Conclusions: These findings support the hypothesis that organophosphate exposure, at levels common among US children, may contribute to ADHD prevalence. Prospective studies are needed to establish whether this association is causal.

  • Accepted February 23, 2010.

Wheat Belly by Dr. Davis

Wheat belly is a very interesting read on how prevalent wheat issues are in our society. It is obviously a one-theme book, but there is so much depth to this conversation. The book does a great job of explaining how we got to this point in the “development” of wheat and how different modern wheat is from earlier varieties.
Dr. Davis explains how much wheat we actually consume in western nations and it is a little unsettling. The specific health figures really are shocking when you first see them and then start to put it together from a clinical point of view and it reinforces how important it is to look at one’s diet as a fundamental basis for health.
I guess I feel a little supported by what he says because I feel quite alone sometimes in recommending a gluten-free, wheat-free diet to people who are quite resistant if not completely opposed to making these changes. I have a lot more to back me up in making these recommendations, and we have more proof to inspire patients to make changes. It also supports doing the food allergy testing to further demonstrate how a food can drive inflammation in our body. This can lead to a wide variety of health effects including allergies, asthma, weight gain, hormone imbalance, depression and anxiety among others.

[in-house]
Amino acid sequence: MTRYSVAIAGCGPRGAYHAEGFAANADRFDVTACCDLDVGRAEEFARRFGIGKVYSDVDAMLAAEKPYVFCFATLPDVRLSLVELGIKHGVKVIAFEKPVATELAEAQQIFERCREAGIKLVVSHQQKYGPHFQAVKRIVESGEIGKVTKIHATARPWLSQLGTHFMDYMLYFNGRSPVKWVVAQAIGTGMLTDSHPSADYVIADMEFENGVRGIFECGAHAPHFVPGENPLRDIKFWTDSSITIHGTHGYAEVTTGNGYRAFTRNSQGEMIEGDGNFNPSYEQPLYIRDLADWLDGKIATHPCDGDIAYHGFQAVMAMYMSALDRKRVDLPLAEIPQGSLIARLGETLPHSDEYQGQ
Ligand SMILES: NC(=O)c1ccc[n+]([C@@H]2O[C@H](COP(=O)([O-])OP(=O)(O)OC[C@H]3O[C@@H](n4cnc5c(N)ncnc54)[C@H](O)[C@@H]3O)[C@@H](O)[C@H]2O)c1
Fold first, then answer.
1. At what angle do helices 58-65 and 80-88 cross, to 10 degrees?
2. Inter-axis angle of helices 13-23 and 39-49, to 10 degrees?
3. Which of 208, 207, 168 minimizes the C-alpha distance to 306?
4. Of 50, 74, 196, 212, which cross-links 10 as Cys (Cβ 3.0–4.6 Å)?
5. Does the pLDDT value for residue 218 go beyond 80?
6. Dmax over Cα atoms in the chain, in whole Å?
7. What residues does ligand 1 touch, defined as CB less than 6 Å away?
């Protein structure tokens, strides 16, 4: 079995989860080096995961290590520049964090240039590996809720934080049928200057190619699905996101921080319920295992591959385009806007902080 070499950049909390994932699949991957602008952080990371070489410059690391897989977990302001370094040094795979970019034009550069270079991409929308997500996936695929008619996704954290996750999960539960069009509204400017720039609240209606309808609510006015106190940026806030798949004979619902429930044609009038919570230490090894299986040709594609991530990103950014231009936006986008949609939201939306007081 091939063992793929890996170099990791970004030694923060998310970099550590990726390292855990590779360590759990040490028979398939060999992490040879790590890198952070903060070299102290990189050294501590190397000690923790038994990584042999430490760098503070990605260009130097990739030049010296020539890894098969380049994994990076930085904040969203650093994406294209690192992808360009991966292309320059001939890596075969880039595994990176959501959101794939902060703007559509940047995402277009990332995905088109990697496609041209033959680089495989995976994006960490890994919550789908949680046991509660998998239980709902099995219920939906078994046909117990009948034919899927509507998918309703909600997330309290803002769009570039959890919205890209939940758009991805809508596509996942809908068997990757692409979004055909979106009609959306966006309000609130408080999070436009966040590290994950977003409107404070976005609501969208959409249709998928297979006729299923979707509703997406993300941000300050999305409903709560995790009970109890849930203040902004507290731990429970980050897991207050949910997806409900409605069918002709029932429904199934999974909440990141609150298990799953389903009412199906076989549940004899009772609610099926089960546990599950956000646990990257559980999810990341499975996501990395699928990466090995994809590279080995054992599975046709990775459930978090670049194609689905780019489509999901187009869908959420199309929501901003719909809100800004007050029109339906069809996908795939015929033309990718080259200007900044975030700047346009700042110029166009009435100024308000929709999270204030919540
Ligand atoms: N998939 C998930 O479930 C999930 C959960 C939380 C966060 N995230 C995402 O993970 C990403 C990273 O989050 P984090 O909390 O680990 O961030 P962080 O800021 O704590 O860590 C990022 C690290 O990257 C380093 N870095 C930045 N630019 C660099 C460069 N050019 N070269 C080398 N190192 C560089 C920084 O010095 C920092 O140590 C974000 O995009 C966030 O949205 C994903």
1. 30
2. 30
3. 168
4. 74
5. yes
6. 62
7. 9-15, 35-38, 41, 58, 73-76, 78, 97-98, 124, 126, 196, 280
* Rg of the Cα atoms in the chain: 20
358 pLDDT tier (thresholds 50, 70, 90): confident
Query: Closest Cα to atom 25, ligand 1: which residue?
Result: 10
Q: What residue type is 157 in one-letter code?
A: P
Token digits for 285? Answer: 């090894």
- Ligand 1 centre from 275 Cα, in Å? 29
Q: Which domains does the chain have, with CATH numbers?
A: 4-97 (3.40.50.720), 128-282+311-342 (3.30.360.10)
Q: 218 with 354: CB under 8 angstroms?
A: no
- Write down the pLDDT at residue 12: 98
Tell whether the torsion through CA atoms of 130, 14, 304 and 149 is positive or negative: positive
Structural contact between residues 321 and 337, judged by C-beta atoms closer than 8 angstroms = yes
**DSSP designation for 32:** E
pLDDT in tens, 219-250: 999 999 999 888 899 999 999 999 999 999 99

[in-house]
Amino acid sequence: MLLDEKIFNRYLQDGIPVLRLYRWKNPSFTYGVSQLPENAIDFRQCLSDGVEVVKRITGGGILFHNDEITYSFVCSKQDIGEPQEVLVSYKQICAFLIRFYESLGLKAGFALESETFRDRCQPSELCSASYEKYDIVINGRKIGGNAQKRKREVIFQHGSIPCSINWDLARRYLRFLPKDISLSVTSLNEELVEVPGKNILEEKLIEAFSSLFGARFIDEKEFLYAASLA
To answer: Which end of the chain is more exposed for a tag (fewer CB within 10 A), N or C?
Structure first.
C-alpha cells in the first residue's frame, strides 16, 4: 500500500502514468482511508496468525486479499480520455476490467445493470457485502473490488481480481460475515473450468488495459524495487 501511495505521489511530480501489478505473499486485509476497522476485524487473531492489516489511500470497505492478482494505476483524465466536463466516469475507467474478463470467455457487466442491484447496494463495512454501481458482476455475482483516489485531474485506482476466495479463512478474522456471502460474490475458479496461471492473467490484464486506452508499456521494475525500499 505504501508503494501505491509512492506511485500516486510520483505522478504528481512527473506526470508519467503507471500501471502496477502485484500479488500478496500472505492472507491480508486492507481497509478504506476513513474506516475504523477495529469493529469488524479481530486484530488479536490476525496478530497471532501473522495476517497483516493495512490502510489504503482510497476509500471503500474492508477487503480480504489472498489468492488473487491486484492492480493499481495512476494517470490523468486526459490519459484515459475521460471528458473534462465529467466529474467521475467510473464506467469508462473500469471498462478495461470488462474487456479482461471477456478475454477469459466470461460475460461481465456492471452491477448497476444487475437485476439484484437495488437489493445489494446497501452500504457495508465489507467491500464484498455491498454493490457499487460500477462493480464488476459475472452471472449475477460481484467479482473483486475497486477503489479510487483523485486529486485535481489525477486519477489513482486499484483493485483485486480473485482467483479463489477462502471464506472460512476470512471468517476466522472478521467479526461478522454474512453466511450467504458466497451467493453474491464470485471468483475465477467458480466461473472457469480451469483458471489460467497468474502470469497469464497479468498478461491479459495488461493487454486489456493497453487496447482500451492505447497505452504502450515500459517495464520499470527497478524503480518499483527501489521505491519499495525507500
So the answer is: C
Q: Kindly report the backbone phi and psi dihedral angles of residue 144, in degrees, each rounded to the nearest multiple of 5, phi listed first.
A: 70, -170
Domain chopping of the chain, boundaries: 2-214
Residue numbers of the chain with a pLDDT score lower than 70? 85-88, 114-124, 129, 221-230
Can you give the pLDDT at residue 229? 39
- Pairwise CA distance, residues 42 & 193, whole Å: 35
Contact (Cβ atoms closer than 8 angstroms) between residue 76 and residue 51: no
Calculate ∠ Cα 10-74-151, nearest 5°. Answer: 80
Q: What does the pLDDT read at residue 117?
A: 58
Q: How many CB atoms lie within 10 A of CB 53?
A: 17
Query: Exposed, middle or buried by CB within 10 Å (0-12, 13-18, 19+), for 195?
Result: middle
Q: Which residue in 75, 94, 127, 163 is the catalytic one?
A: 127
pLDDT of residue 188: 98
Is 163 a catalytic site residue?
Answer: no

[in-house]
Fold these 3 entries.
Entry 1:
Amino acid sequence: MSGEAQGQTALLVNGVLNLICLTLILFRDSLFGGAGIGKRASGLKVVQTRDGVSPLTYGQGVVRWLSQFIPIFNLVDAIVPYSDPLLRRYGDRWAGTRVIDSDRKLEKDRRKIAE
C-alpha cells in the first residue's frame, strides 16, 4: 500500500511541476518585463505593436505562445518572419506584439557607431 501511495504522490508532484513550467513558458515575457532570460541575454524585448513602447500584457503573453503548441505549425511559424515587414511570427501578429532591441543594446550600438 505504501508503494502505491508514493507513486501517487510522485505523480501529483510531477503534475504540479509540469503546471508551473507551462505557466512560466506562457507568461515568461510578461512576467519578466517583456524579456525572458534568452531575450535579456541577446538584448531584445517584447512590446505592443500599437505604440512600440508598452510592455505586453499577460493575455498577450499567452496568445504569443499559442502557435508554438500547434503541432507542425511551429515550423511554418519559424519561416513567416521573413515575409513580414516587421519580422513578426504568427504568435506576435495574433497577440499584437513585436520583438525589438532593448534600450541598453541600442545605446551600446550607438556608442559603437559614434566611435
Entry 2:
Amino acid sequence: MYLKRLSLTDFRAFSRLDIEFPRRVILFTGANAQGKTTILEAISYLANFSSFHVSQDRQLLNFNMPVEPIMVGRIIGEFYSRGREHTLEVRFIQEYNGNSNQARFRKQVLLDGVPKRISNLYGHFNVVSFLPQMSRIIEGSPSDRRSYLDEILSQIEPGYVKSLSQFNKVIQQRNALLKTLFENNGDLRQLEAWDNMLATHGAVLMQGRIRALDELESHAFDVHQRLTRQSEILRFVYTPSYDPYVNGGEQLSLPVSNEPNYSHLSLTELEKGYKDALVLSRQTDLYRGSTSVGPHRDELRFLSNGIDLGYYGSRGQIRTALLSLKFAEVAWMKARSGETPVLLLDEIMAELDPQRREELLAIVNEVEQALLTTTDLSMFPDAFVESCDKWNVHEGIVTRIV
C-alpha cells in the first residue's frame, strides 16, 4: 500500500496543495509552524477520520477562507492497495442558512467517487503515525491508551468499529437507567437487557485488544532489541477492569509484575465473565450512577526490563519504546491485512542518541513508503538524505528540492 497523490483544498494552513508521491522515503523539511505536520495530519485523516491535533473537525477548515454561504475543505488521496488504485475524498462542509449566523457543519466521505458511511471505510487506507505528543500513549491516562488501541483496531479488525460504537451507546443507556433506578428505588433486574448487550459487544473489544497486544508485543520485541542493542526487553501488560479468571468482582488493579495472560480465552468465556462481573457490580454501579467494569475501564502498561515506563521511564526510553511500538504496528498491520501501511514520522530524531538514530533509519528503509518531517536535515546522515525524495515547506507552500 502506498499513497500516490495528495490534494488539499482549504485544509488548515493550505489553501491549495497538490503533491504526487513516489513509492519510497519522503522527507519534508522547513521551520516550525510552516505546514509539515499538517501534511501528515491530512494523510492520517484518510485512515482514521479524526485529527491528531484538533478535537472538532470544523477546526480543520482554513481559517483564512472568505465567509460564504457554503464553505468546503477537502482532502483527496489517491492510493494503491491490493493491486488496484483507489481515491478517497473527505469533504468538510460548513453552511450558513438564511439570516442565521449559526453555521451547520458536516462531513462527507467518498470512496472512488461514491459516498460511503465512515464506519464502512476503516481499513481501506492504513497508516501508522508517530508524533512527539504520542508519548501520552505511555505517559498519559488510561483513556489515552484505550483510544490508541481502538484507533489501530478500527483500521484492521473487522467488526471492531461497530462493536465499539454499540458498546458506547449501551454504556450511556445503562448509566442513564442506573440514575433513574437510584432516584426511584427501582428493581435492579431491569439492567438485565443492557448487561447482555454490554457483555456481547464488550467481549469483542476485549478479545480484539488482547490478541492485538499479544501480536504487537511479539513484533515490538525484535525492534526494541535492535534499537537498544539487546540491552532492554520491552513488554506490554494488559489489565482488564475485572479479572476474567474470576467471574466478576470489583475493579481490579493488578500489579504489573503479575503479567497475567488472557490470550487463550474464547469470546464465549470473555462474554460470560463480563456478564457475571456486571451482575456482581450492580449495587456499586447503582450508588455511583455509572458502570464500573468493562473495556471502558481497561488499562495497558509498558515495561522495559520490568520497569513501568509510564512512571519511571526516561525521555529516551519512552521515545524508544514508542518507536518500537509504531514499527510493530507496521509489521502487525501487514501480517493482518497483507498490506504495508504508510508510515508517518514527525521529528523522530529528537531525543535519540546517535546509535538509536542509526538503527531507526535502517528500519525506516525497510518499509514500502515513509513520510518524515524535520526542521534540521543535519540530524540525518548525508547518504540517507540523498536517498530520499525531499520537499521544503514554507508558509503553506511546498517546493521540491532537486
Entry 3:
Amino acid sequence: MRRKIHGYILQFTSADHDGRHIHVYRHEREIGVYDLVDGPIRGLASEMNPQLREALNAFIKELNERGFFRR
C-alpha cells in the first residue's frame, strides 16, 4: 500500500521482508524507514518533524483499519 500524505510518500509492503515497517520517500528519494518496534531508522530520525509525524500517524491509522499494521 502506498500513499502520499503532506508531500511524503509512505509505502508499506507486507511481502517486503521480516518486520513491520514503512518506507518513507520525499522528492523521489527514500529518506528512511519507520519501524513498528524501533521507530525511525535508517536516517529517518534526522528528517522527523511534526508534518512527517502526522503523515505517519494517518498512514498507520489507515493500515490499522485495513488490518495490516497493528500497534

I recommend reading “Wheat Belly” for anyone interested in their own, or a loved one’s health.

Dr David’s Needle Free Chinese Medicine using Suction Cup Therapy

What is Cupping?

Cupping is an ancient Chinese therapy in which a cup is applied to the skin and the pressure in the cup is reduced by suction in order to draw and hold skin and superficial muscles inside the cup. Sometimes, while the suction is active, the cup is moved, causing the skin and muscle to be pulled. This is called gliding cupping.